“Those traveling with him stood there speechless; they heard the voice but saw no one. After they picked Saul up from the ground, he opened his eyes but he couldn’t see.” Saul’s world has just fallen apart and his blindness is a dramatic way of telling us this. “So they led him by the hand into Damascus.” Saul will need to rethink everything. Later in his letters, he tells us it took him three years to work through and rebuild his world. The new world was built on completely different foundations.

          Luke’s story now picks up another thread. “In Damascus there was a certain disciple named Ananias. The Lord spoke to him in a vision, ‘Ananias!’   He answered, ‘Yes, Lord.’ The Lord instructed him, ‘Go to Judas’ house on Straight Street and ask for a man from Tarsus named Saul. He is praying. In a vision he has seen a man named Ananias enter and put his hands on him to restore his sight.’

“Ananias countered, ‘Lord, I have heard many reports about this man. People say he has done horrible things to your holy people in Jerusalem. He’s here with authority from the chief priests to arrest everyone who call on your name.’”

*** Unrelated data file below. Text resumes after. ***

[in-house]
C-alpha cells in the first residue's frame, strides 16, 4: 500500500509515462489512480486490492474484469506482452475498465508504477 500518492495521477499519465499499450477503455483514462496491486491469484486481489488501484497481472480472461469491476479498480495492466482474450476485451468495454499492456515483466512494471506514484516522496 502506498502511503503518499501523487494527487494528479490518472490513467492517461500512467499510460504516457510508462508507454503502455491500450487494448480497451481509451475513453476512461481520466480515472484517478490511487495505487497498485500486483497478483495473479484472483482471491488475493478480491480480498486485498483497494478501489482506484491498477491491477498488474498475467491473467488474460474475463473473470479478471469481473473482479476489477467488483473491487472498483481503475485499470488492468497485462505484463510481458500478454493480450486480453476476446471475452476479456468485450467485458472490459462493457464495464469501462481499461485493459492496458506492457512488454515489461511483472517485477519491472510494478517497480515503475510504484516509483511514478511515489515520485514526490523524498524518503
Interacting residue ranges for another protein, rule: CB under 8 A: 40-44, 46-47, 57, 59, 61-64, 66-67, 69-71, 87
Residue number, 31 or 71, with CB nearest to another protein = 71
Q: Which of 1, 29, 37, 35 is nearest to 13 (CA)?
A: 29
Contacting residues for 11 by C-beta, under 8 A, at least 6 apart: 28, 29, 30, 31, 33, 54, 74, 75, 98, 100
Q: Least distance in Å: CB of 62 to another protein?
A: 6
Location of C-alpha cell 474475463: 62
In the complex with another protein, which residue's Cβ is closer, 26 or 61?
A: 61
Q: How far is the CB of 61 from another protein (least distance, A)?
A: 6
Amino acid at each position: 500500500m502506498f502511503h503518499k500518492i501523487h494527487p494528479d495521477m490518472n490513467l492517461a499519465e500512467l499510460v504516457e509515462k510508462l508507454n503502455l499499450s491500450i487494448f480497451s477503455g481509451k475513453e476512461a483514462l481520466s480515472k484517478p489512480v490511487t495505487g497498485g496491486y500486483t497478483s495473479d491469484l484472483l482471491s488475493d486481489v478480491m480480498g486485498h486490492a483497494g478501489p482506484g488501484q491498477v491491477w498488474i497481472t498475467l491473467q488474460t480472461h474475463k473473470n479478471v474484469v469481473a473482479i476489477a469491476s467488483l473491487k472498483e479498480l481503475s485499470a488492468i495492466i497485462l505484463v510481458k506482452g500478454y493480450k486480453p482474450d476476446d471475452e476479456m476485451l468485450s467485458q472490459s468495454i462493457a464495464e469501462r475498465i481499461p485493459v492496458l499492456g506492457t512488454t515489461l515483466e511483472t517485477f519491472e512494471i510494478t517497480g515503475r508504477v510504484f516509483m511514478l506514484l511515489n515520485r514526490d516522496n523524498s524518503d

The Lord replied, “Go! This man is the agent I have chosen to carry my name before Gentiles, kings, and Israelites. I will show him how much he must suffer for the sake of my name.”

          That last phrase “how much [Saul] must suffer for the sake of my name” struck me as never before. I think Luke is saying that the Lord is going to show Saul, this man so driven by rivalry and zeal and so comfortable with violence, how to live in another way. Does it mean Saul must learn to suffer violence rather than inflict it? Could this be “the Way” and how people of “the Way” live? If so, it’s completely different from what we’ve been taught, isn’t it?